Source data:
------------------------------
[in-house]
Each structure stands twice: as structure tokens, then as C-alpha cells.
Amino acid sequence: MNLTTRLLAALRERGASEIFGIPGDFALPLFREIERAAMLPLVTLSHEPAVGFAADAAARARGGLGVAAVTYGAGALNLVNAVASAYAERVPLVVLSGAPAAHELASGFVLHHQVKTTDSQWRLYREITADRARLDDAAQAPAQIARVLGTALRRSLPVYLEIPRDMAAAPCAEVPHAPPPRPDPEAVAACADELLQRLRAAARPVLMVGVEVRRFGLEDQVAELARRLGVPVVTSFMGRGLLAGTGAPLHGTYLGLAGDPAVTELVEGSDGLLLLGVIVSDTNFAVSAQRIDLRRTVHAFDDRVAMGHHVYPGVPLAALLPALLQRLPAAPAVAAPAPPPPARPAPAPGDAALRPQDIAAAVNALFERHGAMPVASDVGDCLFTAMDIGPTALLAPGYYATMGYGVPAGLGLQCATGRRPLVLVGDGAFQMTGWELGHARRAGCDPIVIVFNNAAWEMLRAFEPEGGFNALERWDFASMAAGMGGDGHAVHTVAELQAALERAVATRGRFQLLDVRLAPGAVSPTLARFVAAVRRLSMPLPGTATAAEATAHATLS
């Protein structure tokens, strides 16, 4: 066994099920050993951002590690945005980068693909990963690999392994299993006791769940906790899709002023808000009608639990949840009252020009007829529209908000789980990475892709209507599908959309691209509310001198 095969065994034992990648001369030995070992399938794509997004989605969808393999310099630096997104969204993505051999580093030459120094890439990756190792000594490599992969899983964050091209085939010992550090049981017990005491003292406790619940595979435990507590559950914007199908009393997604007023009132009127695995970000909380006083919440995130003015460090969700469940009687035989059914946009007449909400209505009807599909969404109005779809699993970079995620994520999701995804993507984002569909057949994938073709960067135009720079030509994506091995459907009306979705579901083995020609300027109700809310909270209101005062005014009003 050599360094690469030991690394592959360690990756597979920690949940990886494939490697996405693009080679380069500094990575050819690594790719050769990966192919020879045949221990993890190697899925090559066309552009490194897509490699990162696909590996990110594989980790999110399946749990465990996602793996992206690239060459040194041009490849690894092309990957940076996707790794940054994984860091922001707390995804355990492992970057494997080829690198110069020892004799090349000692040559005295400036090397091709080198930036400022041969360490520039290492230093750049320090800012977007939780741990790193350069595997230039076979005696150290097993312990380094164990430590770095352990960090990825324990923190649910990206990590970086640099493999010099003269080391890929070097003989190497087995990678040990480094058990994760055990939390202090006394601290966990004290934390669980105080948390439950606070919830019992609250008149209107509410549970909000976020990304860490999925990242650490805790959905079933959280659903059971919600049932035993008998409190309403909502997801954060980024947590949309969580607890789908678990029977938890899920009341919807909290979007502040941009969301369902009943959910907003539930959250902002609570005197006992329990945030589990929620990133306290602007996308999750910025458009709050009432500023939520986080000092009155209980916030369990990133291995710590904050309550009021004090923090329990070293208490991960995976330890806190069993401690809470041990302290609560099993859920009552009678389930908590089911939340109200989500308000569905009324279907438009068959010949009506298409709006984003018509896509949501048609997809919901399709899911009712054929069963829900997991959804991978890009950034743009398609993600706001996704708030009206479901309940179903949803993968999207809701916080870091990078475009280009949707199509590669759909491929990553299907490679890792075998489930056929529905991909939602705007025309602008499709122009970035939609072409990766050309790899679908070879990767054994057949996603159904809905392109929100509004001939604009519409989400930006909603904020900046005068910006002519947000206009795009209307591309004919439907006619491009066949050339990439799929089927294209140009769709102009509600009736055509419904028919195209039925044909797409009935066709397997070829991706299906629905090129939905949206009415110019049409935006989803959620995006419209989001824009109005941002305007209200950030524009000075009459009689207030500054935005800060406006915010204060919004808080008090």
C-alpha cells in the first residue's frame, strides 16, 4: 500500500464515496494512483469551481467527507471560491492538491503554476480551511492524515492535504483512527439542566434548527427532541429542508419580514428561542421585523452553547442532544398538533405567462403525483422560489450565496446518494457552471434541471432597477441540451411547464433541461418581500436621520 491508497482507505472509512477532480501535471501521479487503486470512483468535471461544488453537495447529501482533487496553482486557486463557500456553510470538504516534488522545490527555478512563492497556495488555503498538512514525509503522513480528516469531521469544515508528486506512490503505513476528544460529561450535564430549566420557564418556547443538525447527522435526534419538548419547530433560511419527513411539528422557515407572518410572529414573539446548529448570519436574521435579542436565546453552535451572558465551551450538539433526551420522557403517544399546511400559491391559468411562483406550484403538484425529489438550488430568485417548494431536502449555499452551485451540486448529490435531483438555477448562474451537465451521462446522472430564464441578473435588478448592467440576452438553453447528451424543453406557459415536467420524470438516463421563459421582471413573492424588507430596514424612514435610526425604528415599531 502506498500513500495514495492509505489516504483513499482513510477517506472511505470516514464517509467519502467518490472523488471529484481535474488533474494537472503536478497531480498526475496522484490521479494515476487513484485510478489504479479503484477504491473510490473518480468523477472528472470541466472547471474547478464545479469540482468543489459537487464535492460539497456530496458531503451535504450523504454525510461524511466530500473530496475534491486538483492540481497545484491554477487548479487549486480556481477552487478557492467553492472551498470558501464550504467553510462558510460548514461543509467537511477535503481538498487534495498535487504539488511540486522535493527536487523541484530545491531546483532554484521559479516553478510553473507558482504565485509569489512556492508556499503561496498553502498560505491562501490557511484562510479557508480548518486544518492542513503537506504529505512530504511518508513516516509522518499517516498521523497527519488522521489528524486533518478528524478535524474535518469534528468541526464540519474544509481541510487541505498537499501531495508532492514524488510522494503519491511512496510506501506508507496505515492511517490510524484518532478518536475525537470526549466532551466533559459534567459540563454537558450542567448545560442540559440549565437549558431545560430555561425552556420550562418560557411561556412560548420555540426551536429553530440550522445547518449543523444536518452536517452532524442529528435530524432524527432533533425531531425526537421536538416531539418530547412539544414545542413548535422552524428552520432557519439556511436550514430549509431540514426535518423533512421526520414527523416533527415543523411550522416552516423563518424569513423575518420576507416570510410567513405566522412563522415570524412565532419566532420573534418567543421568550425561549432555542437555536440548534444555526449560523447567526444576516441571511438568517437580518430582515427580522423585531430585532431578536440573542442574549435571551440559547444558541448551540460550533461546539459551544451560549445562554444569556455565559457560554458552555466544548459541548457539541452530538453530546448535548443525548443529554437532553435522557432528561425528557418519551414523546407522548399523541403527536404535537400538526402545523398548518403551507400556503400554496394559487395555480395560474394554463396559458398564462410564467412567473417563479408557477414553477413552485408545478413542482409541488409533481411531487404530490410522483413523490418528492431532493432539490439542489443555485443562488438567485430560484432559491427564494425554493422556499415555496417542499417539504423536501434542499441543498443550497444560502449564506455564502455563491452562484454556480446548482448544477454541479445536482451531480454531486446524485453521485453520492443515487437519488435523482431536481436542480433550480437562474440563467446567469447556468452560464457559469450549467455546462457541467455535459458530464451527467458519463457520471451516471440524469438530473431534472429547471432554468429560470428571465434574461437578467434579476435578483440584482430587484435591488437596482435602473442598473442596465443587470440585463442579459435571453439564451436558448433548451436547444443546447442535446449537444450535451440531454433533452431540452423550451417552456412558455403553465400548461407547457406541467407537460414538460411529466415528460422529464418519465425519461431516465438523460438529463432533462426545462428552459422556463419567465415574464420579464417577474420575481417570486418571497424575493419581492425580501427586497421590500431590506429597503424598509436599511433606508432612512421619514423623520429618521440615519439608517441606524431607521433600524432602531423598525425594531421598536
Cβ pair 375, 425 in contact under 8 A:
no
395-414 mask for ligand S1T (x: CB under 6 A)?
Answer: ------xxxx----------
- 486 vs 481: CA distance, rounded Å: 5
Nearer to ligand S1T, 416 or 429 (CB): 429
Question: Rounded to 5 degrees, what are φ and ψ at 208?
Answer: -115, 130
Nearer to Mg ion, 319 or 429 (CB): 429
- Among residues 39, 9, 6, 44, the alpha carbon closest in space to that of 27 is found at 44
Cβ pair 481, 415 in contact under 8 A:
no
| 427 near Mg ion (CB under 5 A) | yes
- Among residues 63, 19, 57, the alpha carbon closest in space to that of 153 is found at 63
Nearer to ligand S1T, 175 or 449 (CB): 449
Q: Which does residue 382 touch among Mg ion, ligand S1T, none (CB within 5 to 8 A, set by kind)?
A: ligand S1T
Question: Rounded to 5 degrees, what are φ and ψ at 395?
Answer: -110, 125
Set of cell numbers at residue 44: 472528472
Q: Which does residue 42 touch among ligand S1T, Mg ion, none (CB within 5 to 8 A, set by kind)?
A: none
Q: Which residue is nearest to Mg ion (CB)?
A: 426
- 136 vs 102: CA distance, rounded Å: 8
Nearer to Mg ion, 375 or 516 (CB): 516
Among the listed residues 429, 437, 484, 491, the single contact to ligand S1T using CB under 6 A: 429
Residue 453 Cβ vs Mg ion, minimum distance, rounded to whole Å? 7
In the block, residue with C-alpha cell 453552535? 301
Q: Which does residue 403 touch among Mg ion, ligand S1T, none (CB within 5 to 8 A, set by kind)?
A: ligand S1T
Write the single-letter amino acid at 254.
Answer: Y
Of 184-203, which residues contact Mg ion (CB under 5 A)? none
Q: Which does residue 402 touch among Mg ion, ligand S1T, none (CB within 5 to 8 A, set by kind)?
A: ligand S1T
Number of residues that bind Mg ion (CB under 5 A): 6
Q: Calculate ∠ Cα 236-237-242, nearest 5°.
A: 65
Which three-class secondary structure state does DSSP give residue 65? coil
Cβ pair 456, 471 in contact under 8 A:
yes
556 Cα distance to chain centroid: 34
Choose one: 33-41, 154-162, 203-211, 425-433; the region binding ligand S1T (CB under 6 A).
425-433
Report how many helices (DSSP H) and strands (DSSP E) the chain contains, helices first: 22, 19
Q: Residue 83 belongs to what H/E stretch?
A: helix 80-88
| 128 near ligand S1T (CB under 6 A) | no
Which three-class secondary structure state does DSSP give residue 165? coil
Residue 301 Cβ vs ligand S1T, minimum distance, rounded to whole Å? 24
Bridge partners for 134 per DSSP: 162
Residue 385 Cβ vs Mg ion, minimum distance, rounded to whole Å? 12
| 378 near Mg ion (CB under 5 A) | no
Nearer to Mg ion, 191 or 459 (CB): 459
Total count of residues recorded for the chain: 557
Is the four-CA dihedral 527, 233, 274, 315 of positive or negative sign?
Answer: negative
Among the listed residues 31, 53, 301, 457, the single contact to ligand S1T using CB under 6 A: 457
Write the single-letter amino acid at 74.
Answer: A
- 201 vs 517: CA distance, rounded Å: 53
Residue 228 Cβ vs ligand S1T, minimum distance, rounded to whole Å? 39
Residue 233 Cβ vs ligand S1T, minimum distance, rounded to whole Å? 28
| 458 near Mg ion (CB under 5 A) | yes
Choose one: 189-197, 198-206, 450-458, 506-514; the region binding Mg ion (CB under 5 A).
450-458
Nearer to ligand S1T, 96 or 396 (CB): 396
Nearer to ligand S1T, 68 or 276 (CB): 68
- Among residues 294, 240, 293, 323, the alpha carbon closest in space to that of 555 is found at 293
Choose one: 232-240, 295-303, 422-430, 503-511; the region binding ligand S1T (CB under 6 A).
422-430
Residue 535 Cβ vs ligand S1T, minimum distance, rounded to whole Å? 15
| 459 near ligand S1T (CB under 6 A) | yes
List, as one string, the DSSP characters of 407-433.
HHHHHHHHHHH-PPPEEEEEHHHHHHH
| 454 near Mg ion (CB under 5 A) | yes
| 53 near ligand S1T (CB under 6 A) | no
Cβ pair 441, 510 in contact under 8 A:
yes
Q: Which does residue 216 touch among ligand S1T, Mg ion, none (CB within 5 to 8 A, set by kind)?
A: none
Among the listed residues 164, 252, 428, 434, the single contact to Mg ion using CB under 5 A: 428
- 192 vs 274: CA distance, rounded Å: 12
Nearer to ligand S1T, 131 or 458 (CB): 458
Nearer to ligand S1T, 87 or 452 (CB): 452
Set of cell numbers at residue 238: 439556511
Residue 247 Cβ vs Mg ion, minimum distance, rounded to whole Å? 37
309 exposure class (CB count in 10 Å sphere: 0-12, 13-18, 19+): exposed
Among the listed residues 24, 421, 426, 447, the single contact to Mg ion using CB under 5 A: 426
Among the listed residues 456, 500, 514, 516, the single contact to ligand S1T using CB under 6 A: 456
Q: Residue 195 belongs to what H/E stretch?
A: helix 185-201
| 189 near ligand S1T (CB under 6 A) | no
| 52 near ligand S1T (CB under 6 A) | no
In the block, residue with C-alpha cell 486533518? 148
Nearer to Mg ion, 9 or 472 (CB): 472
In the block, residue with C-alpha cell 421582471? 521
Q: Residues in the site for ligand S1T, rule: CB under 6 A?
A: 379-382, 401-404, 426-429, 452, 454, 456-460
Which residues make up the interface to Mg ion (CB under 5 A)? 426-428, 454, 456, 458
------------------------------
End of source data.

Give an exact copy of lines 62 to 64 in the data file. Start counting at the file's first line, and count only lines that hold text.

Is the four-CA dihedral 527, 233, 274, 315 of positive or negative sign?
Answer: negative
Among the listed residues 31, 53, 301, 457, the single contact to ligand S1T using CB under 6 A: 457